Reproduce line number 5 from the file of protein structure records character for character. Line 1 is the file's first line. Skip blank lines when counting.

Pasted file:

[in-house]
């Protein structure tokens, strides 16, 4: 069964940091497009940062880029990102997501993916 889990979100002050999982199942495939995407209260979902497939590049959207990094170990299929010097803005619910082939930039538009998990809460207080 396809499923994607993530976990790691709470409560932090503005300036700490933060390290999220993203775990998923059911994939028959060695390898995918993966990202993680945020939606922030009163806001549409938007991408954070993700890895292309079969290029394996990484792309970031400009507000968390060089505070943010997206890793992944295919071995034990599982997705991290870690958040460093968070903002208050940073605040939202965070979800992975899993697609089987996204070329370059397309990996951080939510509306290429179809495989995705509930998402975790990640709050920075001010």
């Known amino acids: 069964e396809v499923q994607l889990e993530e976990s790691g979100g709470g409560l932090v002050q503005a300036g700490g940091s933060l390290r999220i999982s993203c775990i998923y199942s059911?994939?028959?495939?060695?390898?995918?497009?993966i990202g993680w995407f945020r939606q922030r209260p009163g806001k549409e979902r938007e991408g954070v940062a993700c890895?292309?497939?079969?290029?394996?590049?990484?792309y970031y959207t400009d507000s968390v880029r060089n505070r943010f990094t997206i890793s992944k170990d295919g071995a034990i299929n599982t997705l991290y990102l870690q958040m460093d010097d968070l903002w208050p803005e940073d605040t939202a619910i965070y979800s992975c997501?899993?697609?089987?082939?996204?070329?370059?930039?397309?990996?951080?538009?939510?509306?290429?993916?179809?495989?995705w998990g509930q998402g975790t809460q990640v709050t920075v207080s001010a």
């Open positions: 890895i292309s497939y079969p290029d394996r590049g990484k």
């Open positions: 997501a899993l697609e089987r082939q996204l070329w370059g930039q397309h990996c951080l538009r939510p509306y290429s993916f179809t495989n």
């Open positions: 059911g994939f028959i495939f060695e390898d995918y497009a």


């Open positions: 997501a899993l697609e089987r082939q996204l070329w370059g930039q397309h990996c951080l538009r939510p509306y290429s993916f179809t495989n």